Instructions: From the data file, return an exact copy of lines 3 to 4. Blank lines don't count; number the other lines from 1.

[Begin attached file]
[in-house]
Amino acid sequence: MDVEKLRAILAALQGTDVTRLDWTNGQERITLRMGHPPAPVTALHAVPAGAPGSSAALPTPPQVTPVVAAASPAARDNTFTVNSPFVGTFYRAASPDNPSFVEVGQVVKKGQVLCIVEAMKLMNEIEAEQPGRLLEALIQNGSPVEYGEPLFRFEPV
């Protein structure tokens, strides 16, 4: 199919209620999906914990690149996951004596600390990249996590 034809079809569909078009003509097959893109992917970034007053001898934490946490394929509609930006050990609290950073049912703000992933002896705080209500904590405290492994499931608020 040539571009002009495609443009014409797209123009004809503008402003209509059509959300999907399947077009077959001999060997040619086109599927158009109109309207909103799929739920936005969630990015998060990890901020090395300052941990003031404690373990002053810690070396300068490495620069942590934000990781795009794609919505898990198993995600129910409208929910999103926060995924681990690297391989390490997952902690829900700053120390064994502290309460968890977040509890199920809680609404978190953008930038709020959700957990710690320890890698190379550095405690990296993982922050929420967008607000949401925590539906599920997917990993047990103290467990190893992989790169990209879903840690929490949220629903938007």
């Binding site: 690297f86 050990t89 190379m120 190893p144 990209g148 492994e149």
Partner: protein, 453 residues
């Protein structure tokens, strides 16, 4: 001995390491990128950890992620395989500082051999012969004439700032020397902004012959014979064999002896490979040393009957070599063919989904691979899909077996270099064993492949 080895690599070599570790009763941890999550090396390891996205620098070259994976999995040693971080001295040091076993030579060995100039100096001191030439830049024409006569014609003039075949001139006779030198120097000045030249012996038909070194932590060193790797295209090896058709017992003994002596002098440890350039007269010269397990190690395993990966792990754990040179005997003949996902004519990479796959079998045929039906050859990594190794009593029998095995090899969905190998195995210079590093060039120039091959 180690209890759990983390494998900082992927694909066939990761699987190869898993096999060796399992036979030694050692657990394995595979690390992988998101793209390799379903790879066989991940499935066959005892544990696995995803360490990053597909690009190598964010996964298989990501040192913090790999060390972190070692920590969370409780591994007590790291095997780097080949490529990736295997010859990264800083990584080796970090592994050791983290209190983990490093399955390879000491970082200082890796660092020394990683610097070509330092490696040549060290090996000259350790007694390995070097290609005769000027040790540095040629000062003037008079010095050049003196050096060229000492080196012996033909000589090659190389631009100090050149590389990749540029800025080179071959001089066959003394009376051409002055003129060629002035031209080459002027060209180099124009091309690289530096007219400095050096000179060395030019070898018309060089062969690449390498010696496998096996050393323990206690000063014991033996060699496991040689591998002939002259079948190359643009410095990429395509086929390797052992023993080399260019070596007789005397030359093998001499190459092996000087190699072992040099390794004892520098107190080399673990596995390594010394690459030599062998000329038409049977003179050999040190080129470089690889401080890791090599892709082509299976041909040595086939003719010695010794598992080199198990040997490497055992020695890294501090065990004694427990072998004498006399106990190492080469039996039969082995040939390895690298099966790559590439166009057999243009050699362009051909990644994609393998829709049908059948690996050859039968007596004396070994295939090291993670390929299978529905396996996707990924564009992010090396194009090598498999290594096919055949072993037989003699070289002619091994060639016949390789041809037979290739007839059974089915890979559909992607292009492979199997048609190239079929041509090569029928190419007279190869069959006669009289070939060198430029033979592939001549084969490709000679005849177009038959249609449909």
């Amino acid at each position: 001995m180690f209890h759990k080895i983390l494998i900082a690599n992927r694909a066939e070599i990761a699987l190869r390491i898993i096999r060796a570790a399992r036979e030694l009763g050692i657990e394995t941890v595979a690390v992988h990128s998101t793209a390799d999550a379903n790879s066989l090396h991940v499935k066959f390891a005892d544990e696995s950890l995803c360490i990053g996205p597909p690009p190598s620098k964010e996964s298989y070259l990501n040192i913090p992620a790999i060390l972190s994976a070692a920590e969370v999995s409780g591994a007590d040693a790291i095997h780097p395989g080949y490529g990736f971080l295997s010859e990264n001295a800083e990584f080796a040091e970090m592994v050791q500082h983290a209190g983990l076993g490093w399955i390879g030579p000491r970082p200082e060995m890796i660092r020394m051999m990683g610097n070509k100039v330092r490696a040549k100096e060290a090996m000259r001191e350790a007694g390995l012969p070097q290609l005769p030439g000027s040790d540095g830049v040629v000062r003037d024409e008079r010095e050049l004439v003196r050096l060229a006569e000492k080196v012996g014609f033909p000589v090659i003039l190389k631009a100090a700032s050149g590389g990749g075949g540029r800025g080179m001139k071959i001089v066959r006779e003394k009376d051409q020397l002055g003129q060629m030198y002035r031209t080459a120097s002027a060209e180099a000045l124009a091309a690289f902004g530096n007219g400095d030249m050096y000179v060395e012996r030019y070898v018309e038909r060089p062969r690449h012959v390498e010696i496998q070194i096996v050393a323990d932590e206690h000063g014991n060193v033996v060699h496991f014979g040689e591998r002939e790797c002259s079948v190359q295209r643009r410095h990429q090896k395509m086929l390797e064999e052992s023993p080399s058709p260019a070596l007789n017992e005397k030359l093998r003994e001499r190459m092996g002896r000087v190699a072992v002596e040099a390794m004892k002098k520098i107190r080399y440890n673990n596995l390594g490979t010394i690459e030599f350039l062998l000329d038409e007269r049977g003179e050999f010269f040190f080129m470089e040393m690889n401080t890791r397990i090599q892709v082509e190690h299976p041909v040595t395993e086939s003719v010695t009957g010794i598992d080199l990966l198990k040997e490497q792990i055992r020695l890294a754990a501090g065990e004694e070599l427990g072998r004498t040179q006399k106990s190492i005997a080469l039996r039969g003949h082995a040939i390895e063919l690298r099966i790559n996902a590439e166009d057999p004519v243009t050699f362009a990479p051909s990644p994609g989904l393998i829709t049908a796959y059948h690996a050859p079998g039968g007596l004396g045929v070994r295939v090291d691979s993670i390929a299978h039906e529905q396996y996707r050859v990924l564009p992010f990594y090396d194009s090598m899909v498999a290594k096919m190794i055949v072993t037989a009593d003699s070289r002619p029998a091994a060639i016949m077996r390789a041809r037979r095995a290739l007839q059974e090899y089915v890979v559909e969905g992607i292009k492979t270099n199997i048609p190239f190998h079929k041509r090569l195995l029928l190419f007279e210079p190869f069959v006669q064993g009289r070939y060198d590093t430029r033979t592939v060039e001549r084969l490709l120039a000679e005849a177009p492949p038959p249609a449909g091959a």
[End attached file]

């Protein structure tokens, strides 16, 4: 199919209620999906914990690149996951004596600390990249996590 034809079809569909078009003509097959893109992917970034007053001898934490946490394929509609930006050990609290950073049912703000992933002896705080209500904590405290492994499931608020 040539571009002009495609443009014409797209123009004809503008402003209509059509959300999907399947077009077959001999060997040619086109599927158009109109309207909103799929739920936005969630990015998060990890901020090395300052941990003031404690373990002053810690070396300068490495620069942590934000990781795009794609919505898990198993995600129910409208929910999103926060995924681990690297391989390490997952902690829900700053120390064994502290309460968890977040509890199920809680609404978190953008930038709020959700957990710690320890890698190379550095405690990296993982922050929420967008607000949401925590539906599920997917990993047990103290467990190893992989790169990209879903840690929490949220629903938007």
């Binding site: 690297f86 050990t89 190379m120 190893p144 990209g148 492994e149």